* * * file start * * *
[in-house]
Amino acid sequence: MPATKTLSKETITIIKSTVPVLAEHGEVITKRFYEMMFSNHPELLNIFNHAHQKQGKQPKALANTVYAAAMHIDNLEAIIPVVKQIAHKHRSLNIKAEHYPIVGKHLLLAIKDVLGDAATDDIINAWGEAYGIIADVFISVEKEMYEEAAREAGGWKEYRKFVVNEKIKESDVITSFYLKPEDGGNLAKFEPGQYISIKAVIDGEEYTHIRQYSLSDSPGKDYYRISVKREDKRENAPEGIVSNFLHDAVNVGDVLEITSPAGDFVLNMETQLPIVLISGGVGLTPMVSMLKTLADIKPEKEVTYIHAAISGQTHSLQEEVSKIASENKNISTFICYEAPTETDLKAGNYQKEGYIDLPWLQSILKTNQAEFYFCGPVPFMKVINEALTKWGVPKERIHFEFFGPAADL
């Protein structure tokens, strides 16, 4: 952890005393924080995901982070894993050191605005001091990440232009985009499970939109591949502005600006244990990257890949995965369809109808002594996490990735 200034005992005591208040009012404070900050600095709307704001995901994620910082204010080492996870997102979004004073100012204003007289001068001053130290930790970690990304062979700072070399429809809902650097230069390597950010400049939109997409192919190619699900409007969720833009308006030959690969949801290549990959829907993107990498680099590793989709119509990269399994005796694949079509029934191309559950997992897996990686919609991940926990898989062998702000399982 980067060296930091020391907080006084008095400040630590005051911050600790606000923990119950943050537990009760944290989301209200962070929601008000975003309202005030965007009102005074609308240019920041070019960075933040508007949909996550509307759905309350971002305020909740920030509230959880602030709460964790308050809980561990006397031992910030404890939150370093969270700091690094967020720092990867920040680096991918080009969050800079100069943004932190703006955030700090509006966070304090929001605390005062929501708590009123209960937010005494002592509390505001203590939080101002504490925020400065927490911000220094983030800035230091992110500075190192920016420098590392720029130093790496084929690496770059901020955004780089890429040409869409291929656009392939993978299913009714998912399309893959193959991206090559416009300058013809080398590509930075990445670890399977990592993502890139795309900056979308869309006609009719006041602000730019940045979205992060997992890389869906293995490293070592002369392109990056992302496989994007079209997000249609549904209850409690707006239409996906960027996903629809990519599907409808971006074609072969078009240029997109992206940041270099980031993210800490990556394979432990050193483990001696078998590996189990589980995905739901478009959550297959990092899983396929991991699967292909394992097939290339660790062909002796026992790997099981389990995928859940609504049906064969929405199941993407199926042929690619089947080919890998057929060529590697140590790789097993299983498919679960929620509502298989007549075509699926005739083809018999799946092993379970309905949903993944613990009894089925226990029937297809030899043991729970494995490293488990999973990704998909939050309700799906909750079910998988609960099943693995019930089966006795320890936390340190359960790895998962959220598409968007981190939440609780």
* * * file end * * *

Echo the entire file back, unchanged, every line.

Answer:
[in-house]
Amino acid sequence: MPATKTLSKETITIIKSTVPVLAEHGEVITKRFYEMMFSNHPELLNIFNHAHQKQGKQPKALANTVYAAAMHIDNLEAIIPVVKQIAHKHRSLNIKAEHYPIVGKHLLLAIKDVLGDAATDDIINAWGEAYGIIADVFISVEKEMYEEAAREAGGWKEYRKFVVNEKIKESDVITSFYLKPEDGGNLAKFEPGQYISIKAVIDGEEYTHIRQYSLSDSPGKDYYRISVKREDKRENAPEGIVSNFLHDAVNVGDVLEITSPAGDFVLNMETQLPIVLISGGVGLTPMVSMLKTLADIKPEKEVTYIHAAISGQTHSLQEEVSKIASENKNISTFICYEAPTETDLKAGNYQKEGYIDLPWLQSILKTNQAEFYFCGPVPFMKVINEALTKWGVPKERIHFEFFGPAADL
């Protein structure tokens, strides 16, 4: 952890005393924080995901982070894993050191605005001091990440232009985009499970939109591949502005600006244990990257890949995965369809109808002594996490990735 200034005992005591208040009012404070900050600095709307704001995901994620910082204010080492996870997102979004004073100012204003007289001068001053130290930790970690990304062979700072070399429809809902650097230069390597950010400049939109997409192919190619699900409007969720833009308006030959690969949801290549990959829907993107990498680099590793989709119509990269399994005796694949079509029934191309559950997992897996990686919609991940926990898989062998702000399982 980067060296930091020391907080006084008095400040630590005051911050600790606000923990119950943050537990009760944290989301209200962070929601008000975003309202005030965007009102005074609308240019920041070019960075933040508007949909996550509307759905309350971002305020909740920030509230959880602030709460964790308050809980561990006397031992910030404890939150370093969270700091690094967020720092990867920040680096991918080009969050800079100069943004932190703006955030700090509006966070304090929001605390005062929501708590009123209960937010005494002592509390505001203590939080101002504490925020400065927490911000220094983030800035230091992110500075190192920016420098590392720029130093790496084929690496770059901020955004780089890429040409869409291929656009392939993978299913009714998912399309893959193959991206090559416009300058013809080398590509930075990445670890399977990592993502890139795309900056979308869309006609009719006041602000730019940045979205992060997992890389869906293995490293070592002369392109990056992302496989994007079209997000249609549904209850409690707006239409996906960027996903629809990519599907409808971006074609072969078009240029997109992206940041270099980031993210800490990556394979432990050193483990001696078998590996189990589980995905739901478009959550297959990092899983396929991991699967292909394992097939290339660790062909002796026992790997099981389990995928859940609504049906064969929405199941993407199926042929690619089947080919890998057929060529590697140590790789097993299983498919679960929620509502298989007549075509699926005739083809018999799946092993379970309905949903993944613990009894089925226990029937297809030899043991729970494995490293488990999973990704998909939050309700799906909750079910998988609960099943693995019930089966006795320890936390340190359960790895998962959220598409968007981190939440609780």